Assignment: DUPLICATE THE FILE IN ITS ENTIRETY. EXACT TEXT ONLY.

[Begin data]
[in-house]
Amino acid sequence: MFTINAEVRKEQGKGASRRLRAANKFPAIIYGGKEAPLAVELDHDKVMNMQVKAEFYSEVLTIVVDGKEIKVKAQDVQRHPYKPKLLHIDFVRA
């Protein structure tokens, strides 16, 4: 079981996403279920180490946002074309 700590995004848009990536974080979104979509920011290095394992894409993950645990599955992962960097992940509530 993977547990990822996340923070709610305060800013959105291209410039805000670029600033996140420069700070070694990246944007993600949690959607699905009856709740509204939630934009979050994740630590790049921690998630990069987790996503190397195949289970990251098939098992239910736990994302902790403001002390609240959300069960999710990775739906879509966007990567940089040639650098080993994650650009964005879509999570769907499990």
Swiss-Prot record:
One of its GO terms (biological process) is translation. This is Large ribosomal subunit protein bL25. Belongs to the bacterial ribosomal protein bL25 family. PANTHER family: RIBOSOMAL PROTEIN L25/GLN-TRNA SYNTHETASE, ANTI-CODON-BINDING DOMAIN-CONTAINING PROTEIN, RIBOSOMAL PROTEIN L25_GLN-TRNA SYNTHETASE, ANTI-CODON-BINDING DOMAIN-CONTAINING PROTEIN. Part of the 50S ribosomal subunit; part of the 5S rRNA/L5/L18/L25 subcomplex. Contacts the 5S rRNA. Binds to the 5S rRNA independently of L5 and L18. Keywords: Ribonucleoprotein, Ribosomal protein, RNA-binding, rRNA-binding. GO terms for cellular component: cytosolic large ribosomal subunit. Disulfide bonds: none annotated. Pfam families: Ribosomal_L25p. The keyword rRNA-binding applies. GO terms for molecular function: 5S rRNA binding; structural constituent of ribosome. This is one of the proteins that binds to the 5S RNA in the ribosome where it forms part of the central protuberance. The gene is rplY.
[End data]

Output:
[in-house]
Amino acid sequence: MFTINAEVRKEQGKGASRRLRAANKFPAIIYGGKEAPLAVELDHDKVMNMQVKAEFYSEVLTIVVDGKEIKVKAQDVQRHPYKPKLLHIDFVRA
């Protein structure tokens, strides 16, 4: 079981996403279920180490946002074309 700590995004848009990536974080979104979509920011290095394992894409993950645990599955992962960097992940509530 993977547990990822996340923070709610305060800013959105291209410039805000670029600033996140420069700070070694990246944007993600949690959607699905009856709740509204939630934009979050994740630590790049921690998630990069987790996503190397195949289970990251098939098992239910736990994302902790403001002390609240959300069960999710990775739906879509966007990567940089040639650098080993994650650009964005879509999570769907499990």
Swiss-Prot record:
One of its GO terms (biological process) is translation. This is Large ribosomal subunit protein bL25. Belongs to the bacterial ribosomal protein bL25 family. PANTHER family: RIBOSOMAL PROTEIN L25/GLN-TRNA SYNTHETASE, ANTI-CODON-BINDING DOMAIN-CONTAINING PROTEIN, RIBOSOMAL PROTEIN L25_GLN-TRNA SYNTHETASE, ANTI-CODON-BINDING DOMAIN-CONTAINING PROTEIN. Part of the 50S ribosomal subunit; part of the 5S rRNA/L5/L18/L25 subcomplex. Contacts the 5S rRNA. Binds to the 5S rRNA independently of L5 and L18. Keywords: Ribonucleoprotein, Ribosomal protein, RNA-binding, rRNA-binding. GO terms for cellular component: cytosolic large ribosomal subunit. Disulfide bonds: none annotated. Pfam families: Ribosomal_L25p. The keyword rRNA-binding applies. GO terms for molecular function: 5S rRNA binding; structural constituent of ribosome. This is one of the proteins that binds to the 5S RNA in the ribosome where it forms part of the central protuberance. The gene is rplY.